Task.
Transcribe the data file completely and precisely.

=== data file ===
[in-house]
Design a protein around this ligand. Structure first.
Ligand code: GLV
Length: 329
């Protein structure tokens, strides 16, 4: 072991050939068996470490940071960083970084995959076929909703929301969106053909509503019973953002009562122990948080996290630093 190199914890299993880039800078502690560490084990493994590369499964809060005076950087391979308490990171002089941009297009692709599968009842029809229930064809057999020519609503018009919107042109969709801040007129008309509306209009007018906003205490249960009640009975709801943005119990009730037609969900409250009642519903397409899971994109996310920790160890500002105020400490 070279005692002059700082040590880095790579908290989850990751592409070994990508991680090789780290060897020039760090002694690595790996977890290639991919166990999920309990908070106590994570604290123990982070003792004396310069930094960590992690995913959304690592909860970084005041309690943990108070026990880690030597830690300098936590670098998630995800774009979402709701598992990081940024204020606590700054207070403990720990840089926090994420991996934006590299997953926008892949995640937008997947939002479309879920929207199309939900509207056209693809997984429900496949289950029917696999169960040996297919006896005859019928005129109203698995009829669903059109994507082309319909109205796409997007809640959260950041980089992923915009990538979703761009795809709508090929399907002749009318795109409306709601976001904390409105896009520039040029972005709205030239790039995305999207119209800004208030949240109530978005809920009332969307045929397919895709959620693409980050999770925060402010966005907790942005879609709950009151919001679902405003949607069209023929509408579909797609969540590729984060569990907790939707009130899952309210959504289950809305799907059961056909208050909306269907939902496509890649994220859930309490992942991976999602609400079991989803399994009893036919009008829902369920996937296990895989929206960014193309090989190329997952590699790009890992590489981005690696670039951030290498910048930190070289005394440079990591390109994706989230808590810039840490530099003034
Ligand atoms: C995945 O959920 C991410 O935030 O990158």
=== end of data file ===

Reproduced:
[in-house]
Design a protein around this ligand. Structure first.
Ligand code: GLV
Length: 329
């Protein structure tokens, strides 16, 4: 072991050939068996470490940071960083970084995959076929909703929301969106053909509503019973953002009562122990948080996290630093 190199914890299993880039800078502690560490084990493994590369499964809060005076950087391979308490990171002089941009297009692709599968009842029809229930064809057999020519609503018009919107042109969709801040007129008309509306209009007018906003205490249960009640009975709801943005119990009730037609969900409250009642519903397409899971994109996310920790160890500002105020400490 070279005692002059700082040590880095790579908290989850990751592409070994990508991680090789780290060897020039760090002694690595790996977890290639991919166990999920309990908070106590994570604290123990982070003792004396310069930094960590992690995913959304690592909860970084005041309690943990108070026990880690030597830690300098936590670098998630995800774009979402709701598992990081940024204020606590700054207070403990720990840089926090994420991996934006590299997953926008892949995640937008997947939002479309879920929207199309939900509207056209693809997984429900496949289950029917696999169960040996297919006896005859019928005129109203698995009829669903059109994507082309319909109205796409997007809640959260950041980089992923915009990538979703761009795809709508090929399907002749009318795109409306709601976001904390409105896009520039040029972005709205030239790039995305999207119209800004208030949240109530978005809920009332969307045929397919895709959620693409980050999770925060402010966005907790942005879609709950009151919001679902405003949607069209023929509408579909797609969540590729984060569990907790939707009130899952309210959504289950809305799907059961056909208050909306269907939902496509890649994220859930309490992942991976999602609400079991989803399994009893036919009008829902369920996937296990895989929206960014193309090989190329997952590699790009890992590489981005690696670039951030290498910048930190070289005394440079990591390109994706989230808590810039840490530099003034
Ligand atoms: C995945 O959920 C991410 O935030 O990158």